Keeping The npm Registry Awesome

Charlie Robbins

We know the availability and overall health of The npm Registry is paramount to everyone using Node.js as well as the larger JavaScript community and those of your using it for some awesome projects and ideas. Between November 4th and November 15th 2013 The npm Registry had several hours of downtime over three distinct time periods:

  1. November 4th -- 16:30 to 15:00 UTC
  2. November 13th -- 15:00 to 19:30 UTC
  3. November 15th -- 15:30 to 18:00 UTC

The root cause of these downtime was insufficient resources: both hardware and human. This is a full post-mortem where we will be look at how works, what went wrong, how we changed the previous architecture of The npm Registry to fix it, as well next steps we are taking to prevent this from happening again.

All of the next steps require additional expenditure from Nodejitsu: both servers and labor. This is why along with this post-mortem we are announcing our crowdfunding campaign:! Our goal is to raise enough funds so that Nodejitsu can continue to run The npm Registry as a free service for you, the community.

Please take a minute now to donate at!

How does work?

There are two distinct components that make up operated by different people:

  • The main CouchApp (GitHub: isaacs/ that stores both package tarballs and metadata. It is operated by Nodejitsu since we acquired IrisCouch in May. The primary system administrator is Jason Smith, the current CTO at Nodejitsu, cofounder of IrisCouch, and the System Administrator of since 2011.
  • The npmjs website that you interact with using a web browser. It is a Node.js program (GitHub: isaacs/npm-www) maintained and operated by Isaac and running on a Joyent Public Cloud SmartMachine.

Here is a high-level summary of the old architecture:

What went wrong and how was it fixed?

As illustrated above, before November 13th, 2013, npm operated as a single CouchDB server with regular daily backups. We briefly ran a multi-master CouchDB setup after downtime back in August, but after reports that npm login no longer worked correctly we rolled back to a single CouchDB server. On both November 13th and November 15th CouchDB became unresponsive on requests to the /registry database while requests to all other databases (e.g. /public_users) remained responsive. Although the root cause of the CouchDB failures have yet to be determined given that only requests to /registry were slow and/or timed out we suspect it is related to the massive number of attachments stored in the registry.

The incident on November 4th was ultimately resolved by a reboot and resize of the host machine, but when the same symptoms reoccurred less than 10 days later additional steps were taken:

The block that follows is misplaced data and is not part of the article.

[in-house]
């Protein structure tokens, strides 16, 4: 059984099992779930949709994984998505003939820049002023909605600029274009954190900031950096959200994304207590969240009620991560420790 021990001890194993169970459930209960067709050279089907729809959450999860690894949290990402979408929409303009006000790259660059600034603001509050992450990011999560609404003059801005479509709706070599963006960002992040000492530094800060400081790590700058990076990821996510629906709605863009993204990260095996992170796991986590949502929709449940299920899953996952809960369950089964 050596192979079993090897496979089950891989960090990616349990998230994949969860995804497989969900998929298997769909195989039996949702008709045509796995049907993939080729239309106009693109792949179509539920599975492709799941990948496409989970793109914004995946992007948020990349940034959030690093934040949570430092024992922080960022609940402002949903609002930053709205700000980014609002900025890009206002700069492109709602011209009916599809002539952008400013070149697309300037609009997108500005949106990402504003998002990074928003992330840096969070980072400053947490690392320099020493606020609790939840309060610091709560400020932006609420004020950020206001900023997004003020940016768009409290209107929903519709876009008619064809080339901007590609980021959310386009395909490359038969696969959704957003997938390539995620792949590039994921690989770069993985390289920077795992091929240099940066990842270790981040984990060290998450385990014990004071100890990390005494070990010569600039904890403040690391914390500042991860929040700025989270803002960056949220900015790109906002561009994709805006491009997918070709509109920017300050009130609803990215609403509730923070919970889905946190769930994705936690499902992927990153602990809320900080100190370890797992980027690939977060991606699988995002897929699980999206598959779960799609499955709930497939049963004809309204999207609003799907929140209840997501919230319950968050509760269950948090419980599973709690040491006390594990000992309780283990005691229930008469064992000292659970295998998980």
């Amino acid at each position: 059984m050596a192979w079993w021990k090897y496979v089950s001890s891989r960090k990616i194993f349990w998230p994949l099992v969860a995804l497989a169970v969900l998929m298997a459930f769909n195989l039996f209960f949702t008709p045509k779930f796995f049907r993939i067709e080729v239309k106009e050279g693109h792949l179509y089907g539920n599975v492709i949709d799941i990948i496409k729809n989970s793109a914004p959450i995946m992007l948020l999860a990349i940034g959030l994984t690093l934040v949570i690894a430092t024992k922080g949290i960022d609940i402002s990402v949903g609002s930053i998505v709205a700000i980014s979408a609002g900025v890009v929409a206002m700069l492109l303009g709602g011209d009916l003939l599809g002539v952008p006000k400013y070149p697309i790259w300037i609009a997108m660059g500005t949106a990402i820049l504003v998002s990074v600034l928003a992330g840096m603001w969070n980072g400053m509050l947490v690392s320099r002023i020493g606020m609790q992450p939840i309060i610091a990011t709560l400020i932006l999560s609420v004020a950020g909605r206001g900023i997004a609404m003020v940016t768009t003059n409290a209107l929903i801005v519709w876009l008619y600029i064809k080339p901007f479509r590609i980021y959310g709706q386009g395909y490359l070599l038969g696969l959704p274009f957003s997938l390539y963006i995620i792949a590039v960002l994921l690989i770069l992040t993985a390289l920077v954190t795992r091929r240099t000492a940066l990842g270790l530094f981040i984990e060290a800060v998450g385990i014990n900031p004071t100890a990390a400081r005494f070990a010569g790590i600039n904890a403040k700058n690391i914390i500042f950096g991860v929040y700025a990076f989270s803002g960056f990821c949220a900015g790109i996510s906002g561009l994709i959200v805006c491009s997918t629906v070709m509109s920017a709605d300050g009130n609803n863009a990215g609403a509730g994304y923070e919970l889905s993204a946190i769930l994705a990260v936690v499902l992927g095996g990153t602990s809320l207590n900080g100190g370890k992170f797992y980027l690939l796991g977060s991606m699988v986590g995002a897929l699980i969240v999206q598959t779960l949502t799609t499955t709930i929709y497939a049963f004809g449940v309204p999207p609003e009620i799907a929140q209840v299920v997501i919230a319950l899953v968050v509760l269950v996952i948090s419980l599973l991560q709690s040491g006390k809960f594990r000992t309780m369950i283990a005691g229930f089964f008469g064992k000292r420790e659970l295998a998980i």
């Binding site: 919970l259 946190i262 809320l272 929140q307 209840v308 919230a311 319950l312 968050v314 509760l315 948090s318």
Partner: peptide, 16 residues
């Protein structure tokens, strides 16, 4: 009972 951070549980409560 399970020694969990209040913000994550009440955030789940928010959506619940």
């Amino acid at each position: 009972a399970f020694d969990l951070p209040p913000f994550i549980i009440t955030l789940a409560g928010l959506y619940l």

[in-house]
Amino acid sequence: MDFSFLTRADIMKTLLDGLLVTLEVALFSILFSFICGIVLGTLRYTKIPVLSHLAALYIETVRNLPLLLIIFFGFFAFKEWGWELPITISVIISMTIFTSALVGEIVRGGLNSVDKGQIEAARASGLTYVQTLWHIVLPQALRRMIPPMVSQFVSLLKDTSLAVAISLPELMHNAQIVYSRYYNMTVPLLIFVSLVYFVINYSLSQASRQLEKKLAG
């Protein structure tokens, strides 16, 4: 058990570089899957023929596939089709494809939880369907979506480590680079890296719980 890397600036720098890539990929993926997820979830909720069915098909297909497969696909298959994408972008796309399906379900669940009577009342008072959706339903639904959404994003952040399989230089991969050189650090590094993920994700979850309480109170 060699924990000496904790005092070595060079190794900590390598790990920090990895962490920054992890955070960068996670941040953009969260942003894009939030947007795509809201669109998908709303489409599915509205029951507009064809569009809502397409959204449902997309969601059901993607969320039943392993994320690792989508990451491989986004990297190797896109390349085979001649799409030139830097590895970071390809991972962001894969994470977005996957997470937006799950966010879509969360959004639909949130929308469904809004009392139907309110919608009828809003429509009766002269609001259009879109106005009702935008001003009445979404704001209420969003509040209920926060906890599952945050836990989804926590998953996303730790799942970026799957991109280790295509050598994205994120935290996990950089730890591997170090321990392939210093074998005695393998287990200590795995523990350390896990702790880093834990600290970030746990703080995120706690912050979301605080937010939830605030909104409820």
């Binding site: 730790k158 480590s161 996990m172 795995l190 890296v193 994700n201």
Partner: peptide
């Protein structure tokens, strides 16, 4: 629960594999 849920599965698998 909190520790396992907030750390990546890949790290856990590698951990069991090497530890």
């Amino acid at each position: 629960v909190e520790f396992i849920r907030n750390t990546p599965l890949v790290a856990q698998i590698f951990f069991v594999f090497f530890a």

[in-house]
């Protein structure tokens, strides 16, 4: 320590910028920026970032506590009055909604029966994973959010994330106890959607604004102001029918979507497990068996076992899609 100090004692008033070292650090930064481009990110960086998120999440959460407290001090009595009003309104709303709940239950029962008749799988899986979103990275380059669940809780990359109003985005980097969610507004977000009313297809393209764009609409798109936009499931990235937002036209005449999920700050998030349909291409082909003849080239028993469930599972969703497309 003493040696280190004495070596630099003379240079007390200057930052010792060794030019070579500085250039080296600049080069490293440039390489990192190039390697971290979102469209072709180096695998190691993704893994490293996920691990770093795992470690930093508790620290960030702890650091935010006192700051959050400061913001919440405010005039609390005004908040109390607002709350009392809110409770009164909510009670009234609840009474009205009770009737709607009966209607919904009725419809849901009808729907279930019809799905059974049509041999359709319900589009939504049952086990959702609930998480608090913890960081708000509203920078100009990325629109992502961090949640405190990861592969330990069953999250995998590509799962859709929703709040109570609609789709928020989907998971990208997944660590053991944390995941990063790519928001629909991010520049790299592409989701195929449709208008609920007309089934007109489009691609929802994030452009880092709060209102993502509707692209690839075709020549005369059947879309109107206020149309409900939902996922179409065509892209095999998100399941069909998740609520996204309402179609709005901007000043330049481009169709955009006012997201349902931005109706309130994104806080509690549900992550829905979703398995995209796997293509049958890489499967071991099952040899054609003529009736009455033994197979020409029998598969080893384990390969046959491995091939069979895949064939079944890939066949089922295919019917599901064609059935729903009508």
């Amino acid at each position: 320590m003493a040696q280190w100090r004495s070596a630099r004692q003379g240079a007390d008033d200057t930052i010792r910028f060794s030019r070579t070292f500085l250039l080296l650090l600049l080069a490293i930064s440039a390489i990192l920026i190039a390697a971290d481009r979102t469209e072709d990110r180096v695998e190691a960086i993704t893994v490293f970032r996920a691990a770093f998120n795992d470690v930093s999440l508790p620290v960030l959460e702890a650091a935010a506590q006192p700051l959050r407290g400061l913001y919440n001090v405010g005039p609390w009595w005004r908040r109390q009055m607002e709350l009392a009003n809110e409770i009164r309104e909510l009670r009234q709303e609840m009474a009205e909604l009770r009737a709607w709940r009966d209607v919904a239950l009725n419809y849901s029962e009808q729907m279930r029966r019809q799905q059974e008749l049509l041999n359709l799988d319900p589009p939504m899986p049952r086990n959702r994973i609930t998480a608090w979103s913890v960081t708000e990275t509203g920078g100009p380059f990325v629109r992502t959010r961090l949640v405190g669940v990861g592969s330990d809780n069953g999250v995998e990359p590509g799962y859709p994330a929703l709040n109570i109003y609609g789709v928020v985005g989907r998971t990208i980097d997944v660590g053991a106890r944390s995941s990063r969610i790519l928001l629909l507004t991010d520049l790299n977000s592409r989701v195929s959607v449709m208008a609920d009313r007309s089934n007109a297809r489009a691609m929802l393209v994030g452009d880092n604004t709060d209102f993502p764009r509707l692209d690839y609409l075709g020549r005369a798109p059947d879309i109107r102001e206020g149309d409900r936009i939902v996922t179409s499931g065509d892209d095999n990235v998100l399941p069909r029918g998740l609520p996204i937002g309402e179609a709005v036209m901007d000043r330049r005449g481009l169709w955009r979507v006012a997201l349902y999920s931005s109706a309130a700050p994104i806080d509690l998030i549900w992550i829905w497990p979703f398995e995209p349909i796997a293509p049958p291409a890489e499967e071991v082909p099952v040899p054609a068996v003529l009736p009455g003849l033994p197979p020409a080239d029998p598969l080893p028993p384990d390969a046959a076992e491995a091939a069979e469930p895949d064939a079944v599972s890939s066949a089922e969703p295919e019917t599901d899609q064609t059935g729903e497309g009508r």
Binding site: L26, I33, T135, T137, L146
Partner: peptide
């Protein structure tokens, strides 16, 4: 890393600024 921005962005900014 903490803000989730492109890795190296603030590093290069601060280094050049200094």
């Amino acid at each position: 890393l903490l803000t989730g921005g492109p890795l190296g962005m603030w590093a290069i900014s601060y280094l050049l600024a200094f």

1. The registry was moved to another machine of equal resources to exclude the possibility of a hardware issue.
  2. The registry database itself was compacted.

When neither of these yielded a solution Jason Smith and I decided to move to a multi-master architecture with continuous replication illustrated below:

This should have been the end of our story but unfortunately our supervision logic did not function properly to restart the secondary master on the morning of November 15th. During this time we moved briefly back to a single master architecture. Since then the secondary master has been closely monitored by the entire Nodejitsu operations team to ensure it's continued stability.

What is being done to prevent future incidents?

The public npm registry simply cannot go down. Ever. We gained a lot of operational knowledge about The npm Registry and about CouchDB as a result of these outages. This new knowledge has made clear several steps that we need to take to prevent future downtime:

  1. Always be in multi-master: The multi-master CouchDB architecture we have setup will scale to more than just two CouchDB servers. As npm grows we'll be able to add additional capacity!
  2. Decouple and Right now still depends directly on We are planning to add an additional replica to the current npm architecture so that Isaac can more easily service requests to That means it won't go down if the registry goes down.
  3. Always have a spare replica: We need have a hot spare replica running continuous replication from either to swap out when necessary. This is also important as we need to regularly run compaction on each master since the registry is growing ~10GB per week on disk.
  4. Move attachments out of CouchDB: Work has begun to move the package tarballs out of CouchDB and into Joyent's Manta service. Additionally, MaxCDN has generously offered to provide CDN services for npm, once the tarballs are moved out of the registry database. This will help improve delivery speed, while dramatically reducing the file system I/O load on the CouchDB servers. Work is progressing slowly, because at each stage in the plan, we are making sure that current replication users are minimally impacted.

When these new infrastructure components are in-place The npm Registry will look like this:

You are npm! And we need your help!

The npm Registry has had a 10x year. In November 2012 there were 13.5 million downloads. In October 2013 there were 114.6 million package downloads. We're honored to have been a part of sustaining this growth for the community and we want to see it continue to grow to a billion package downloads a month and beyond.

But we need your help! All of these necessary improvements require more servers, more time from Nodejitsu staff and an overall increase to what we spend maintaining the public npm registry as a free service for the Node.js community.

Please take a minute now to donate at!